O Mighty Lord We stand in the middle of the presence of God and are not afraid because Emmanuel is with us. We are set free from fear because we know
O Mighty Lord
We stand in the middle of the presence of God and are not afraid because Emmanuel is with us. We are set free from fear because we know we are not alone. Recognizing that gift, then, we can become for one another the living Emmanuel. Our love can burn as brightly and consistently as the burning bush in which God appeared to Moses.
-from Let Us Adore Him
†"It is better to be a child of God than king of the whole world!" — St. Aloysius Gonzaga
✞MEDITATION OF THE DAY✞ "It is necessary to have an absolutely sure intention in all our actions, so that the generous fulfillment of our daily duties may be directed toward the highest supernatural ideal. Thus, our life, apart from moments of prayer, will be a prayerful life. It is clear that the habit of giving an upward glance to God at the moment of action is a great assistance in aiding us to behave always with a pure intention and in freeing us from our natural impulses and fancies, so, that, retaining our self-mastery, or rather, God becoming the sole Master, all our movements become dependent upon the Holy Spirit. We see in the Gospel that whenever our Lord was about to undertake some important step, He always paused for a moment to raise His eyes to Heaven, and only after this moment of recollection did He take up the work He had to do. 'He lifted up His eyes to Heaven' is a phrase that recurs with significant frequency. And doubtless, when there was no outward sign of this prayer, there was the inward offering. The ideal is the same for us. The constant subjection of self to the guidance of the Holy Spirit is made easier from the fact of His presence in the soul, where He is asked explicitly to preside over all our doings . . . We shall not submit wholeheartedly to the invisible Guest unless He is kept in close proximity to us." — Raoul Plus, S.J., p. 37-8 AN EXCERPT FROM How to Pray Always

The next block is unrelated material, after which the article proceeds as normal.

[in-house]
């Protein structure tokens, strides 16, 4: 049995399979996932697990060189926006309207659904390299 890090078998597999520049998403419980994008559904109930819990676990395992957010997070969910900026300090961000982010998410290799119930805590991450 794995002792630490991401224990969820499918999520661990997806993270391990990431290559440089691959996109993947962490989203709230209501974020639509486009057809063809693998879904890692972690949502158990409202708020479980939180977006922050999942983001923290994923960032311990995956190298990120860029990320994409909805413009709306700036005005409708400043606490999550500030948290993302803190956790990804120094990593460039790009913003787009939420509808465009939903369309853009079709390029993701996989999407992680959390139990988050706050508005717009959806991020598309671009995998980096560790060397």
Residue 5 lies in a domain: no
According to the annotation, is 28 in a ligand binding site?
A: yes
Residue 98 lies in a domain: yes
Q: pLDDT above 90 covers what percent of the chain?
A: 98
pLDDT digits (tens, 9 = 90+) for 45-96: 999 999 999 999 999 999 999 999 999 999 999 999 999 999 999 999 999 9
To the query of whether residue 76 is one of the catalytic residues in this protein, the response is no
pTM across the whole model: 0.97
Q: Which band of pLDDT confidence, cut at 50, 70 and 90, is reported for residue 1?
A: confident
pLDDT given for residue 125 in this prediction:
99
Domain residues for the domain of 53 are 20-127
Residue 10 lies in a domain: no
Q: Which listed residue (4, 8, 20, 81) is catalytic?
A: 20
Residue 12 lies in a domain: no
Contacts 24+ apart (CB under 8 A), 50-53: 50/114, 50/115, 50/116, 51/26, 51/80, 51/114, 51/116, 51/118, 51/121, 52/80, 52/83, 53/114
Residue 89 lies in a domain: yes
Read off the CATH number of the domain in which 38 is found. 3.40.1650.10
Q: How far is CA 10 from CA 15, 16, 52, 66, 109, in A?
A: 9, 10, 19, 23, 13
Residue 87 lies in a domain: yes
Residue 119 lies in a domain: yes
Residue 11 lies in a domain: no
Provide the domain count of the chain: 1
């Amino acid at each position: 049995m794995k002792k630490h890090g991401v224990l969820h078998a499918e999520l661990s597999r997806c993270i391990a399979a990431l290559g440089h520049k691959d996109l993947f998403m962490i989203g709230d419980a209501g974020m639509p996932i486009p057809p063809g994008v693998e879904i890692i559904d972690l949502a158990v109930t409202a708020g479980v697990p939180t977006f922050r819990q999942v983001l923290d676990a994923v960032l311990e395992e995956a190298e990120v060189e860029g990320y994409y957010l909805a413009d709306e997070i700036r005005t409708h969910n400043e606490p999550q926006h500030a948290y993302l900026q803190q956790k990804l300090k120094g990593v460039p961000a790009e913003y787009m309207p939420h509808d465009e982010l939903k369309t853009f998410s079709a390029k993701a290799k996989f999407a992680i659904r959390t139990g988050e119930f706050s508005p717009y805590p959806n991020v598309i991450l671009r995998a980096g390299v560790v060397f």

Saint Elizabeth Ann Seton
Mother Seton is one of the keystones of the American Catholic Church. She founded the first American religious community for women, the Sisters of Charity. She opened the first American parish school and established the first American Catholic orphanage. All this she did in the span of 46 years while raising her five children.